Whenever an essay assignment asks you to argue for or against a given proposition, it is expected that you will give a clear statement - your thesis statement - of your position, somewhere in the first paragraph of your essay. But before we get into what makes a good thesis statement a bad one, there are number of myths that must be dispelled:

It is a myth that every paper needs to have a thesis statement. Some assignments will ask you to write your personal response, or explore a subject without judging it before hand. This is common with literature assignments where you have to be aware of multiple effects on the text instead of presenting a single position about it.

It is a myth that thesis statements must come at the end of the first paragraph. While this is the natural, logical and most common place to find such statements, it is certainly not the only one. In some cases, the thesis can be the opening sentence or at the end of the second paragraph if an introduction or explanation is required. In some cases, you can only formulate a thesis at the end of the essay.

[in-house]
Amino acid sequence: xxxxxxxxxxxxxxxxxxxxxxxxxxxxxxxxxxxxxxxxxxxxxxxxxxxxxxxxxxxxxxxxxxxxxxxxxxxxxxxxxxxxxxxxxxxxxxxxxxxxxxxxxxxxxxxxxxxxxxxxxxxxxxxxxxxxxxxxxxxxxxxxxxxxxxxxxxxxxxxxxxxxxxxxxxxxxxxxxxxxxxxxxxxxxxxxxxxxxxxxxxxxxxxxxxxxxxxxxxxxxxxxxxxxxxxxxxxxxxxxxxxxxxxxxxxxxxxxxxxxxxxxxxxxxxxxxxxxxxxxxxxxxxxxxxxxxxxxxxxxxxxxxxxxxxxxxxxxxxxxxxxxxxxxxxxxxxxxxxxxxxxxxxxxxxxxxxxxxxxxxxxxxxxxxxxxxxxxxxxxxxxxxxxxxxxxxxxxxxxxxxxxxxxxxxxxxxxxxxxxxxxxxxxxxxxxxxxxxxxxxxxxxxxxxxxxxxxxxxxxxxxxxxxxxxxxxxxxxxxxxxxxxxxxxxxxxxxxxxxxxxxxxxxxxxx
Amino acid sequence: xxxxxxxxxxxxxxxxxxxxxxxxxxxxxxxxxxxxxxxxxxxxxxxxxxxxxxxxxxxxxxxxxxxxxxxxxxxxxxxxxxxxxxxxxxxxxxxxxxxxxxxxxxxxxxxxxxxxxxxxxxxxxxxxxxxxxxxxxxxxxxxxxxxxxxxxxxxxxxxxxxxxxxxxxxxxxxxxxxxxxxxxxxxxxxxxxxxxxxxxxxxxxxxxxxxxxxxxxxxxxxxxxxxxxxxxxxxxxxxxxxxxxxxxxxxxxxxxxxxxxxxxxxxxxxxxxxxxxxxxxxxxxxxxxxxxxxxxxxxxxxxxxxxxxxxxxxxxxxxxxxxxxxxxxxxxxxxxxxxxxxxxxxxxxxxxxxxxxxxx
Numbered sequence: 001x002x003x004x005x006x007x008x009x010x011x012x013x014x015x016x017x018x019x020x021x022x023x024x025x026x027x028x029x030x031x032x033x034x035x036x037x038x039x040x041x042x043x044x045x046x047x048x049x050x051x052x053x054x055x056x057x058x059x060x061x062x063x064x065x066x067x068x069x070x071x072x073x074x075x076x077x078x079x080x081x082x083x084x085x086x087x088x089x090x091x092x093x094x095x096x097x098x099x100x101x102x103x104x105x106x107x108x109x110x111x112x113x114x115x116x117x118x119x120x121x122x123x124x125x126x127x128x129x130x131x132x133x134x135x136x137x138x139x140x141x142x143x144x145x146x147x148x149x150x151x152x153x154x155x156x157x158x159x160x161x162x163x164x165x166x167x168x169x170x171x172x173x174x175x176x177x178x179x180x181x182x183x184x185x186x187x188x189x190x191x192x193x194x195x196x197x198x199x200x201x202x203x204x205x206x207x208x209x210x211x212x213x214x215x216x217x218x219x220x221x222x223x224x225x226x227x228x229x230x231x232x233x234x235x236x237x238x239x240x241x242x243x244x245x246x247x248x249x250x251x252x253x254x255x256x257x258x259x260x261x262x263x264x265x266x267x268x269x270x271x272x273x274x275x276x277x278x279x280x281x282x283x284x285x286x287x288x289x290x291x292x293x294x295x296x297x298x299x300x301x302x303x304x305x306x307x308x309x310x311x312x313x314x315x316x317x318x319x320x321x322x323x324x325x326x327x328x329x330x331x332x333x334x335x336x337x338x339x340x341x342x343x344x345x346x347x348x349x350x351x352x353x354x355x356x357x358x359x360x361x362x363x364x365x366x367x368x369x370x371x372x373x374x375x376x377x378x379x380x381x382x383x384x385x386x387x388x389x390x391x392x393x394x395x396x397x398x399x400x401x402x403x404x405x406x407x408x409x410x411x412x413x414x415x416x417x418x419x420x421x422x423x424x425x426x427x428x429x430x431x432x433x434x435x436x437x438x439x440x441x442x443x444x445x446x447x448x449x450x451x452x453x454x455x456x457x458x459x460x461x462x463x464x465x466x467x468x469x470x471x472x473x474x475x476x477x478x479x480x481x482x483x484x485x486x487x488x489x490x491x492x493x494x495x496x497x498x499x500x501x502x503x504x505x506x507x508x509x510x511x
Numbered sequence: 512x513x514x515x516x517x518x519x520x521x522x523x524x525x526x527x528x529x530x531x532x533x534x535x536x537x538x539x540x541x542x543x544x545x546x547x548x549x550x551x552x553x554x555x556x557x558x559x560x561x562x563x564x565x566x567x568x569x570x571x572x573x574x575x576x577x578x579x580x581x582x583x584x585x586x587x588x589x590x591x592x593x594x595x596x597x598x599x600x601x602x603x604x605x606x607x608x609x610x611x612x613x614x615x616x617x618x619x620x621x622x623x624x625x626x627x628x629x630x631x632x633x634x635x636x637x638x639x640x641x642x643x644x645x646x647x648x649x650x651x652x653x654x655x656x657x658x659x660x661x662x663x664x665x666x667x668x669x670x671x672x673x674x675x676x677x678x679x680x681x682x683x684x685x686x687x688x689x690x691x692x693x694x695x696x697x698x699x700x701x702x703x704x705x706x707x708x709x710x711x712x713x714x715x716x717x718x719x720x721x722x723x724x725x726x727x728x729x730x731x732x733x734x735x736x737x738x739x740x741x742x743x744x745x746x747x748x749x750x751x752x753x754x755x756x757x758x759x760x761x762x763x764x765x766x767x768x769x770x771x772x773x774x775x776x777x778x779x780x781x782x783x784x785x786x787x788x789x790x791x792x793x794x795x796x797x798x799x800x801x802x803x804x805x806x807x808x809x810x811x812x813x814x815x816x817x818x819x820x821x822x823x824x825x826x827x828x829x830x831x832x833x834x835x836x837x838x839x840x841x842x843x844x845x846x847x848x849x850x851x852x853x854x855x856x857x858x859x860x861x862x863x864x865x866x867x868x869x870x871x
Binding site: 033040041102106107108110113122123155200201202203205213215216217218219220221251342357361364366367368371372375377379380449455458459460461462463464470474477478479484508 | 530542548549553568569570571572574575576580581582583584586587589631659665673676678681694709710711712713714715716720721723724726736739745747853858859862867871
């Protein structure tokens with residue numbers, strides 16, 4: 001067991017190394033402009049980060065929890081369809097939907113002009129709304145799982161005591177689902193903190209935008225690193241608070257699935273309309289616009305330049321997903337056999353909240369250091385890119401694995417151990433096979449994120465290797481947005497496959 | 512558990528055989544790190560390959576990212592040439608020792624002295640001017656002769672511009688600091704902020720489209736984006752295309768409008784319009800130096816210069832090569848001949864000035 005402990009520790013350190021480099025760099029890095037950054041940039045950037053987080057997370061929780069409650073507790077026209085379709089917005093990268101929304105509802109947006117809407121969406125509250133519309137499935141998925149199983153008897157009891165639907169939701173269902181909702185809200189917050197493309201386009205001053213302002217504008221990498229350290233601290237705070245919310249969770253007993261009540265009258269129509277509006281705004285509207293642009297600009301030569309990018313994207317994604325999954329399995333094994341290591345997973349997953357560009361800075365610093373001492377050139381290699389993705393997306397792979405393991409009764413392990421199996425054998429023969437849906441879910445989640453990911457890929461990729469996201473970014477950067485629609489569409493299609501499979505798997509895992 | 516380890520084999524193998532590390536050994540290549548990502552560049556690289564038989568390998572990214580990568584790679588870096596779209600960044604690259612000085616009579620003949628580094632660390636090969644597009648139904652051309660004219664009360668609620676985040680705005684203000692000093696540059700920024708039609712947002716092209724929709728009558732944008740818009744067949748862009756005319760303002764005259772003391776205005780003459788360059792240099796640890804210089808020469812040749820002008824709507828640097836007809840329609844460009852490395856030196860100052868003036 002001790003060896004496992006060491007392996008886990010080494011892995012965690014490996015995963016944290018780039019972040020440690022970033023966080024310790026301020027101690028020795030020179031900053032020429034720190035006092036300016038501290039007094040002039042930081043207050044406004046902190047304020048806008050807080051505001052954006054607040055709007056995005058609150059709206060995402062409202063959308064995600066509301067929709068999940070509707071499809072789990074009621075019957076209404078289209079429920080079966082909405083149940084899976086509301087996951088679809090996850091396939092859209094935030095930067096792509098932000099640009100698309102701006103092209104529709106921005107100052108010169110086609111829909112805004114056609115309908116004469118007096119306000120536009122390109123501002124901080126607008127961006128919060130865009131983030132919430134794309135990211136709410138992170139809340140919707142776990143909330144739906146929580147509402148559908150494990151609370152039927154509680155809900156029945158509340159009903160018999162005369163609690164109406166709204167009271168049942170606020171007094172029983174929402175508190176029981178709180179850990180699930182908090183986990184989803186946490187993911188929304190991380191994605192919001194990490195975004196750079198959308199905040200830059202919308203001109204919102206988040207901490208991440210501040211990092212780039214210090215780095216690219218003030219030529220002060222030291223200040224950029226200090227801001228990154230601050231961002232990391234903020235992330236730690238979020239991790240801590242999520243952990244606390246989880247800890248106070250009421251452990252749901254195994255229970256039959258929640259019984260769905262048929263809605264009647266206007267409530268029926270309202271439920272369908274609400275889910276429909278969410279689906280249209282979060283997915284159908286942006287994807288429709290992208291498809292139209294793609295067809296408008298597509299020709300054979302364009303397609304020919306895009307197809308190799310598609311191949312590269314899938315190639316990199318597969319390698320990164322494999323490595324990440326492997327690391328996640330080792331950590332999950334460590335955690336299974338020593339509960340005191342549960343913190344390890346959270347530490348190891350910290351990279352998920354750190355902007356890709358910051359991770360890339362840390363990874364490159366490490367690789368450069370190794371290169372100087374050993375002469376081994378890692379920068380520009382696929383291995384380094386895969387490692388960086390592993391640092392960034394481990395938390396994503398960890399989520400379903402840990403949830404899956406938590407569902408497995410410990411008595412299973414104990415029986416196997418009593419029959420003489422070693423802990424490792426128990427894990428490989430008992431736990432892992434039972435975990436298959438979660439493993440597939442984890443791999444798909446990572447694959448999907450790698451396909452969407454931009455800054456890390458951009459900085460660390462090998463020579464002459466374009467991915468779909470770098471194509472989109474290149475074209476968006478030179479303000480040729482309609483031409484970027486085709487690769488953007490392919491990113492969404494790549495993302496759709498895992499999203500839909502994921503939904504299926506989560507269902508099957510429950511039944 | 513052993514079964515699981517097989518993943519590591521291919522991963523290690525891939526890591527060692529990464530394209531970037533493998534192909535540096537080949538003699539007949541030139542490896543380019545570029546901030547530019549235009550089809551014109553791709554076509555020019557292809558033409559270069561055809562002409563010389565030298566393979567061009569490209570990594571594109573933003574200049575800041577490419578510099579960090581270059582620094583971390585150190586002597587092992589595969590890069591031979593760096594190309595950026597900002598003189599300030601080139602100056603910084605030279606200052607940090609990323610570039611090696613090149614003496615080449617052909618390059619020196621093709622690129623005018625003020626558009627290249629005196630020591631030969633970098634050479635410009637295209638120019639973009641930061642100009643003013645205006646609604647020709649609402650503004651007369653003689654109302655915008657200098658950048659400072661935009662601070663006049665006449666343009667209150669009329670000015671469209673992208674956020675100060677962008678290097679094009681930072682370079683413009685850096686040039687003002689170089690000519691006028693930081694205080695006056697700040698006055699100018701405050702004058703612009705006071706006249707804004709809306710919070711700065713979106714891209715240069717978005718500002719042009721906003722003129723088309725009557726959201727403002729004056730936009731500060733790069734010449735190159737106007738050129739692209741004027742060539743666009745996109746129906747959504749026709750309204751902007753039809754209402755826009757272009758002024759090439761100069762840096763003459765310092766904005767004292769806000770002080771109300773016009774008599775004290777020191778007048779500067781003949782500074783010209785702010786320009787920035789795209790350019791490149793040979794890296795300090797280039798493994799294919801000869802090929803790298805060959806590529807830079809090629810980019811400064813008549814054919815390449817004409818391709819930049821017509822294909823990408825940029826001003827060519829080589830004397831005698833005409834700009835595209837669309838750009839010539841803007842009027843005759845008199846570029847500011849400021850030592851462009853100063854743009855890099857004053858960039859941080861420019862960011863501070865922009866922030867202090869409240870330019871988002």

It is a myth that thesis statements must be one sentence only. Clear, understandable writing is more important. If you must, use two or more sentences to state complex arguments. You can even write an entire paragraph (if it is necessary) to clearly state the position you wish to adopt.

With those common myths dealt with, we can move on to what makes a good thesis statement. These statements must give at least three point of support/evidence to support a given position. It is these three points that will be elaborated upon in some depth, but not limited to just these few points. The statements made must be definite and limited assertions that need to be explained and discussed in depth, as shown in the example below:

The final scene of Shakespeare's Midsummer Night's Dream employs subtlety in its linguistic and theatrical references to Elizabeth's position as queen to ensure its success.

This example clearly states the position, and provides the supporting elements that can be discussed in more detail, demonstrating a logical flow and progression of your argument. Compare this example to:

The world's greatest playwright was William Shakespeare.

This example merely states a position without providing any supporting evidence or arguments, and thus fails to be an effective thesis statement due to its simplicity and vagueness.

Thesis statements are not required for every type of essay assignment, but when required, they must not only state a position, but also provide the key points of supporting evidence that demonstrates a coherent argument. These are the thesis statements of outstanding essays.